Mosquito metallomics reveal copper and iron as critical factors for Plasmodium infection

PLoS Negl Trop Dis. 2021 Jun 23;15(6):e0009509. doi: 10.1371/journal.pntd.0009509. eCollection 2021 Jun.


Iron and copper chelation restricts Plasmodium growth in vitro and in mammalian hosts. The parasite alters metal homeostasis in red blood cells to its favor, for example metabolizing hemoglobin to hemozoin. Metal interactions with the mosquito have not, however, been studied. Here, we describe the metallomes of Anopheles albimanus and Aedes aegypti throughout their life cycle and following a blood meal. Consistent with previous reports, we found evidence of maternal iron deposition in embryos of Ae. aegypti, but less so in An. albimanus. Sodium, potassium, iron, and copper are present at higher concentrations during larval developmental stages. Two An. albimanus phenotypes that differ in their susceptibility to Plasmodium berghei infection were studied. The susceptible white stripe (ws) phenotype was named after a dorsal white stripe apparent during larval stages 3, 4, and pupae. During larval stage 3, ws larvae accumulate more iron and copper than the resistant brown stripe (bs) phenotype counterparts. A similar increase in copper and iron accumulation was also observed in the susceptible ws, but not in the resistant bs phenotype following P. berghei infection. Feeding ws mosquitoes with extracellular iron and copper chelators before and after receiving Plasmodium-infected blood protected from infection and simultaneously affected follicular development in the case of iron chelation. Unexpectedly, the application of the iron chelator to the bs strain reverted resistance to infection. Besides a drop in iron, iron-chelated bs mosquitoes experienced a concomitant loss of copper. Thus, the effect of metal chelation on P. berghei infectivity was strain-specific.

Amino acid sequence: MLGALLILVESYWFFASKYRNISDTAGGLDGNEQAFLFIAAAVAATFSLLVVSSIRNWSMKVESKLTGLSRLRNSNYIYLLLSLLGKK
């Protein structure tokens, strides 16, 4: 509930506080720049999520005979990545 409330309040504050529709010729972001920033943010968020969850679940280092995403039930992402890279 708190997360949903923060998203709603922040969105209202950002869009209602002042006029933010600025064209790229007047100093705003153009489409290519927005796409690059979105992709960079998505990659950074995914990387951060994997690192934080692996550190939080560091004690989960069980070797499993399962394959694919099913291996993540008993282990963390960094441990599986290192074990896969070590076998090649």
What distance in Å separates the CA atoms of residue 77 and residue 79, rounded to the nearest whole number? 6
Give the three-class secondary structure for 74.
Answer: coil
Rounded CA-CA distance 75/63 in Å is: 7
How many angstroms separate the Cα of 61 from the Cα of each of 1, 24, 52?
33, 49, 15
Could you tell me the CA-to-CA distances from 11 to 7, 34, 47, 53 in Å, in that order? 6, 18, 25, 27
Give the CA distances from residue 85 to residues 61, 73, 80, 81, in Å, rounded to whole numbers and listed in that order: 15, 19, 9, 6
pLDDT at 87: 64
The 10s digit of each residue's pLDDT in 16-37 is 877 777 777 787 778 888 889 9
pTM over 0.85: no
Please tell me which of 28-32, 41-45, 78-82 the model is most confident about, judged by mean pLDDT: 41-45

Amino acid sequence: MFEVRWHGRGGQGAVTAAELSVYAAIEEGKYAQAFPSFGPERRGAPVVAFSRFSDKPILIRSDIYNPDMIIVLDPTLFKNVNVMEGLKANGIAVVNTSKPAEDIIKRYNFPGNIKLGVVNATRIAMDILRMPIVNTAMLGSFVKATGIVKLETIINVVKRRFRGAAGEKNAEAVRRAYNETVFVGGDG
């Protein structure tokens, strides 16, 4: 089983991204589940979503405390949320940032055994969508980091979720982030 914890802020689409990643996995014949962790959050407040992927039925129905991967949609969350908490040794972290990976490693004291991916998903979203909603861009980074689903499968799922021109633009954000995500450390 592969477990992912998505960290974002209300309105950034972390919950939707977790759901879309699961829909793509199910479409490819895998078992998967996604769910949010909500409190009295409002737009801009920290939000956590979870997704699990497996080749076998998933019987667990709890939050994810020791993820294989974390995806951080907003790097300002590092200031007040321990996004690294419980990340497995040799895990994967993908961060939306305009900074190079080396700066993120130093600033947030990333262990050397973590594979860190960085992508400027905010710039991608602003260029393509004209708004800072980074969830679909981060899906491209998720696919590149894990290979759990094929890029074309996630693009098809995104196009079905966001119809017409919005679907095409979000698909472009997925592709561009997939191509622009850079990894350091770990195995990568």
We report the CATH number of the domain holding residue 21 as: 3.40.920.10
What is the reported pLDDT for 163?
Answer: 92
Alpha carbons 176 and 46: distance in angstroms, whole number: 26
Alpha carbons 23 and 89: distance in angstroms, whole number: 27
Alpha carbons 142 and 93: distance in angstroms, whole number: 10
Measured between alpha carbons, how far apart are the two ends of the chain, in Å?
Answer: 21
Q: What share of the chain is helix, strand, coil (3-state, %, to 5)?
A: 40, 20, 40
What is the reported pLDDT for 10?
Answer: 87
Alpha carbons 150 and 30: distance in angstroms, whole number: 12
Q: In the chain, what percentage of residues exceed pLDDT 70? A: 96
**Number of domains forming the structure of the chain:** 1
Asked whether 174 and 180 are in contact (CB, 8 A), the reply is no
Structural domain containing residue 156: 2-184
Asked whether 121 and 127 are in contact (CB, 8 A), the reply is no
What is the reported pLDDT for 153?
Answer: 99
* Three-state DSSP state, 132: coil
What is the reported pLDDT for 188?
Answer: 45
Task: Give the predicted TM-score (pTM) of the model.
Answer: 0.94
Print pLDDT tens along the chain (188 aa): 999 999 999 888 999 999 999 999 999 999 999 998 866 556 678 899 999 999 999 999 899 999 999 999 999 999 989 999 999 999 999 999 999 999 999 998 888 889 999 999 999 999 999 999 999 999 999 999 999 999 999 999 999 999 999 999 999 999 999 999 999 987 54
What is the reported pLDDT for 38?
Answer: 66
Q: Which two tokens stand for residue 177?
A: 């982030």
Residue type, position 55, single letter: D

MeSH terms

  • Animals
  • Anopheles / growth & development
  • Anopheles / metabolism*
  • Anopheles / parasitology*
  • Blood / metabolism
  • Chelating Agents / pharmacology
  • Copper / metabolism*
  • Female
  • Host-Parasite Interactions
  • Iron / metabolism*
  • Malaria / physiopathology
  • Male
  • Phenanthrolines / pharmacology
  • Plasmodium berghei / physiology


  • Chelating Agents
  • Phenanthrolines
  • Copper
  • Iron

Grant support

The author(s) received no specific funding for this work.